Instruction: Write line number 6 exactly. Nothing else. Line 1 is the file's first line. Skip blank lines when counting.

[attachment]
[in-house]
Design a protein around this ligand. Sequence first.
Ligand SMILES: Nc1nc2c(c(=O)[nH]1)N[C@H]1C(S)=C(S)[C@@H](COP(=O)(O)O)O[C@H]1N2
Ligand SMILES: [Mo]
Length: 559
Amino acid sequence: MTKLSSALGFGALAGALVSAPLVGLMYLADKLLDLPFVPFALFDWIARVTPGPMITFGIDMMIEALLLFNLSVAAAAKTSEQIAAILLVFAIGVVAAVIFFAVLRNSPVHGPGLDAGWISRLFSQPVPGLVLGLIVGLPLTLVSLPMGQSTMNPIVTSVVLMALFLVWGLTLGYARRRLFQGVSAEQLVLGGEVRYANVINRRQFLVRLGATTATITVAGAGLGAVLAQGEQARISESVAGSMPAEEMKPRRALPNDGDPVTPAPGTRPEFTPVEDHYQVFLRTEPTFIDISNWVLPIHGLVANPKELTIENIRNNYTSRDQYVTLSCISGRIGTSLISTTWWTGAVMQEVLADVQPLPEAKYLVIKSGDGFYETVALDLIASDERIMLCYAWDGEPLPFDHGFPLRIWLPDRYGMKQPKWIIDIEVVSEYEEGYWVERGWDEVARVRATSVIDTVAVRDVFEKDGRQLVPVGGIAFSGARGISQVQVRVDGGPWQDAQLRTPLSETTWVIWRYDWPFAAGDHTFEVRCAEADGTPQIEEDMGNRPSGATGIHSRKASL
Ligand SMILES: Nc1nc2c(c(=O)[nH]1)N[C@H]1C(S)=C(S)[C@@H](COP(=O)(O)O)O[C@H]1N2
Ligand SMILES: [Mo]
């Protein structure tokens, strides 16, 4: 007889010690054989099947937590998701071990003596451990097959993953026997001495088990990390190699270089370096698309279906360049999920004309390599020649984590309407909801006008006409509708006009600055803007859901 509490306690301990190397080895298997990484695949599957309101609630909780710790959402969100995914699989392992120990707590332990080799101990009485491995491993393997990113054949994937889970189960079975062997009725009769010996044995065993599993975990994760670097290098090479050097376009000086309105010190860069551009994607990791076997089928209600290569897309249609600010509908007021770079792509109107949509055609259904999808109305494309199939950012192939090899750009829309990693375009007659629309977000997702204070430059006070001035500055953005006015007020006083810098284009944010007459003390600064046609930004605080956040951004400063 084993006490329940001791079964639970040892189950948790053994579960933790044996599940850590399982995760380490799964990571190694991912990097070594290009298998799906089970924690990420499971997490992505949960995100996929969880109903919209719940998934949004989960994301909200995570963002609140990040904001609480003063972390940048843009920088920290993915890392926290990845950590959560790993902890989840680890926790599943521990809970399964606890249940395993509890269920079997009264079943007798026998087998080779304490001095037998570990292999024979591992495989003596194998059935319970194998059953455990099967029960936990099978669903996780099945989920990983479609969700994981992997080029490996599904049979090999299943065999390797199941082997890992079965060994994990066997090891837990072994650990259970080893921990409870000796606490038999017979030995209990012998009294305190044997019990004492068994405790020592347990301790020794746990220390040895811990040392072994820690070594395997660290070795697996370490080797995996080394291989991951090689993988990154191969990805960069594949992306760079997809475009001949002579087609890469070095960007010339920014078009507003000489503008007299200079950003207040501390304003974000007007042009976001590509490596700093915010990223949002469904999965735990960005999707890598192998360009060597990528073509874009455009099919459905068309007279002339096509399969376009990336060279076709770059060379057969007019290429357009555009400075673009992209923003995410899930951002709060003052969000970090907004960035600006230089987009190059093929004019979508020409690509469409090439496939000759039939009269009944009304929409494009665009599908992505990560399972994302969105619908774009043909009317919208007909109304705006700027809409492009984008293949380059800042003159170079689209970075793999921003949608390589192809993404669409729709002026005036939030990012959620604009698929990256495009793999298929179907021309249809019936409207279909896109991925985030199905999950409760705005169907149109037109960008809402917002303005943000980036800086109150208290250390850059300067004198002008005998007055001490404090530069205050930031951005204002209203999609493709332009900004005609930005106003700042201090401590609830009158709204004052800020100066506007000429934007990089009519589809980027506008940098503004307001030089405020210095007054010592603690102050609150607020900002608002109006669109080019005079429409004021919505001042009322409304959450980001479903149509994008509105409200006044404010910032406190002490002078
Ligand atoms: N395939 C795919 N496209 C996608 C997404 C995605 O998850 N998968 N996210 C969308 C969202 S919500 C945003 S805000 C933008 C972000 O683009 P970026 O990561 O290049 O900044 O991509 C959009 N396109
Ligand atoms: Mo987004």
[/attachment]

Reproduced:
Amino acid sequence: MTKLSSALGFGALAGALVSAPLVGLMYLADKLLDLPFVPFALFDWIARVTPGPMITFGIDMMIEALLLFNLSVAAAAKTSEQIAAILLVFAIGVVAAVIFFAVLRNSPVHGPGLDAGWISRLFSQPVPGLVLGLIVGLPLTLVSLPMGQSTMNPIVTSVVLMALFLVWGLTLGYARRRLFQGVSAEQLVLGGEVRYANVINRRQFLVRLGATTATITVAGAGLGAVLAQGEQARISESVAGSMPAEEMKPRRALPNDGDPVTPAPGTRPEFTPVEDHYQVFLRTEPTFIDISNWVLPIHGLVANPKELTIENIRNNYTSRDQYVTLSCISGRIGTSLISTTWWTGAVMQEVLADVQPLPEAKYLVIKSGDGFYETVALDLIASDERIMLCYAWDGEPLPFDHGFPLRIWLPDRYGMKQPKWIIDIEVVSEYEEGYWVERGWDEVARVRATSVIDTVAVRDVFEKDGRQLVPVGGIAFSGARGISQVQVRVDGGPWQDAQLRTPLSETTWVIWRYDWPFAAGDHTFEVRCAEADGTPQIEEDMGNRPSGATGIHSRKASL